The report's main points are:
- In the UK, 15.1% of people aged 18 years and above smoked cigarettes, which equates to around 7.4 million people in the population, based on our estimate from the Annual Population Survey.
- Of the constituent countries, 14.9% of adults in England smoked; for Wales, this figure was 16.1%; Scotland, 16.3% and Northern Ireland, 16.5%.
- In the UK, 17.0% of men smoked compared with 13.3% of women. Those aged 25 to 34 years had the highest proportion of current smokers (19.7%).
- In the UK, around 1 in 4 (25.9%) people in routine and manual occupations smoked, compared with just 1 in 10 people (10.2%) in managerial and professional occupations.
- In Great Britain, 60.8% of people aged 16 years and above who currently smoked said they wanted to quit and 59.5% of those who have ever smoked said they had quit, based on our estimates from the Opinions and Lifestyle Survey.
- In Great Britain, 5.5% of people in 2017 said they currently used an e-cigarette, which equates to approximately 2.8 million adults in the population.
The report states: “In 2017, the proportion of current smokers in the UK was 15.1%, which equates to around 7.4 million in the population. The latest figure represents a significant reduction in the proportion of current smokers since 2016, when 15.8% smoked.”
It highlights “England continued to have the lowest proportion of current smokers (14.9%, around 6.1 million people), for the fifth consecutive year,” which contrasts with Northern Ireland that has “the highest proportion of current smokers (16.5%, around 226,000 people).”
“The largest fall in smoking prevalence has been among 18- to 24- year-olds,” which has dropped a full eight percent since 2011.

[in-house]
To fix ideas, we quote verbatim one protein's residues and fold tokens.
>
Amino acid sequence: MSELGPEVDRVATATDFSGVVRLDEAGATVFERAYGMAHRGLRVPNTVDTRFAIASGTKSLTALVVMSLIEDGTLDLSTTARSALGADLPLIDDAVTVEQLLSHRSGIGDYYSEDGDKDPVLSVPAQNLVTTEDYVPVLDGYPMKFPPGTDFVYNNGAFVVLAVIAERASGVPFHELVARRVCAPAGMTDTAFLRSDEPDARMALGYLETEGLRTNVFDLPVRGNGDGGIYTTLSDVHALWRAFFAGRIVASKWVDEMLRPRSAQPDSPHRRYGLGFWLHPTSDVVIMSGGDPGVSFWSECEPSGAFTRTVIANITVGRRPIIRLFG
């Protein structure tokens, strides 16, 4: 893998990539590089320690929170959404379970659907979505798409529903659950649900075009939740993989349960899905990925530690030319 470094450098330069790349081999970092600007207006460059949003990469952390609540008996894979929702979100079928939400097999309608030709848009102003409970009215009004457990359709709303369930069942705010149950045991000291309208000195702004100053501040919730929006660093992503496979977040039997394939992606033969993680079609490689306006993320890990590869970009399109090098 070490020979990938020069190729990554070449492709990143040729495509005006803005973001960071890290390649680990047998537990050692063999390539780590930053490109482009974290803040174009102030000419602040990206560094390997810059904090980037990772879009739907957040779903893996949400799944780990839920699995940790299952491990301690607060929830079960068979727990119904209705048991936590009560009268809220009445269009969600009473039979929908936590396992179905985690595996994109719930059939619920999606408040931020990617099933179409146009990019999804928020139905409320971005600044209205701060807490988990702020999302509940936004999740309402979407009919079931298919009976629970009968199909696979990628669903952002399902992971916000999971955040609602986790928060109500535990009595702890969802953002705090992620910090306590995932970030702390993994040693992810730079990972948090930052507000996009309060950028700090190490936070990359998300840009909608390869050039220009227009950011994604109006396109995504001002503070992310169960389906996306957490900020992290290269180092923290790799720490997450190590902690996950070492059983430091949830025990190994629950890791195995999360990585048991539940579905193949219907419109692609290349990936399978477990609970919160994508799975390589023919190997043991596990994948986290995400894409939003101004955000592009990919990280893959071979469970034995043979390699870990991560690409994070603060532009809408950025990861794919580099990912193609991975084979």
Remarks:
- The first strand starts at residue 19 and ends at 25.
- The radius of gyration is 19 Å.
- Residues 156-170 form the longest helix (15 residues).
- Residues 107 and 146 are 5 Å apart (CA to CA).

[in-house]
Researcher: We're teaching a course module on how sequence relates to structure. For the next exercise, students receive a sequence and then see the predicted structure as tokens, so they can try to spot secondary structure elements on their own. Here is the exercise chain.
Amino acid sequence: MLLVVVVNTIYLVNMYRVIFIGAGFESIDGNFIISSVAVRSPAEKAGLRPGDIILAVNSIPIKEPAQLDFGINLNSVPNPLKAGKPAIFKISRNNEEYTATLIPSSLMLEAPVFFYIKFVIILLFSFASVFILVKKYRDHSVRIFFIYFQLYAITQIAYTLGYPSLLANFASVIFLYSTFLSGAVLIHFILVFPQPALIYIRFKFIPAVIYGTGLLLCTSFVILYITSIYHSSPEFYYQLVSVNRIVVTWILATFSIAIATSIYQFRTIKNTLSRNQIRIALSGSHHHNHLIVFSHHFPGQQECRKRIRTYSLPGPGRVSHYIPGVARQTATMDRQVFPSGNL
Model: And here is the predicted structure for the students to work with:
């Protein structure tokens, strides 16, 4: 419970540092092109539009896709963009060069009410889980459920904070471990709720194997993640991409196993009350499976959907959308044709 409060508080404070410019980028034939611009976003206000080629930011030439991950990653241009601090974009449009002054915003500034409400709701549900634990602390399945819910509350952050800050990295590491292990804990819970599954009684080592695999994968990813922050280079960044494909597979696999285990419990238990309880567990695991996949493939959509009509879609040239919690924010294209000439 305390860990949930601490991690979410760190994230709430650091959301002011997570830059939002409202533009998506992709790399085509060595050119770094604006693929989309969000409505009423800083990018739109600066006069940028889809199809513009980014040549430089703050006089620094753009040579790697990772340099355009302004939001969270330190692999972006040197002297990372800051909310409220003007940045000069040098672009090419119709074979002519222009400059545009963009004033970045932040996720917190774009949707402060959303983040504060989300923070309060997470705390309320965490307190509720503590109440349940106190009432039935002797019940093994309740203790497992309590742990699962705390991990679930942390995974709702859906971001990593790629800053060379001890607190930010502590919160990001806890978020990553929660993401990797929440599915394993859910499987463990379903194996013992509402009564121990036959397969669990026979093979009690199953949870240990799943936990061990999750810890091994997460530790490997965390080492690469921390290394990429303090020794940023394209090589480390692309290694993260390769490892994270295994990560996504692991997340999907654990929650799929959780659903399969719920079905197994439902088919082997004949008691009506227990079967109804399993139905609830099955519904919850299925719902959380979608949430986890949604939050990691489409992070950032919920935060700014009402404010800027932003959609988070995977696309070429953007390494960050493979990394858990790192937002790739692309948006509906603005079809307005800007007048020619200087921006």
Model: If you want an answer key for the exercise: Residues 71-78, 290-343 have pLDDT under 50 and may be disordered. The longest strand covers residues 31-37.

“The most common reason for vaping was as an aid to quit smoking (48.8%)” - ONS
Vaping has played no small part in this amazing development and the report notes, “e-Cigarettes are increasingly being used by smokers to help quit smoking.”
It points to the fact that, “Public Health England found that vaping poses a small fraction of the risk of smoking and that e-cigarettes could be contributing to at least 20,000 successful quits of smoking per year.”
Vaping has boomed from when figures were recorded in 2011. Back then just 3.7% of the population vaped, it has hit 5.5% - which equals 2.8 million people. Although this figure has been static for a while it masks what is actually happening.
“The most common reason given for vaping was as an aid to stop smoking, with almost half (48.8%) of vapers reporting using e-cigarettes for that purpose in 2017. The perception that they are less harmful than cigarettes was the second most common reason for vaping at 29.2%,” the report continues.
Vaping works as a harm reduction tool, and the report demonstrates that it has worked as a nicotine quit tool too: “2017 figures show that over 900,000 people have quit both smoking and vaping in Great Britain. In England, more than 770,000 had quit both smoking and vaping.”
So, although the headline figure for vapers is static, there is a constant movement of smokers to vapers, and vapers to abstainers.
“Only 0.4% of people who have never smoked reported that they currently vape” - ONS
Commenting on the release of new figures from the Office of National Statistics, ASH Scotland Chief Executive Sheila Duffy said: “I’m encouraged to see a further fall in the smoking rate in Scotland. These new statistics show that taking bold action such as implementing plain packs, reducing the visibility of tobacco through display bans, and increasing the price by taxation, is succeeding in tackling the single biggest cause of avoidable death in Scotland.”
“The aim in Scotland is to put smoking out of sight, out of mind and out of fashion for the next generation. In some communities in Scotland it is easier to start smoking and harder to quit so over the next few years ASH Scotland is working to understand better why this is and how the majority of smokers, who want to quit, can succeed.”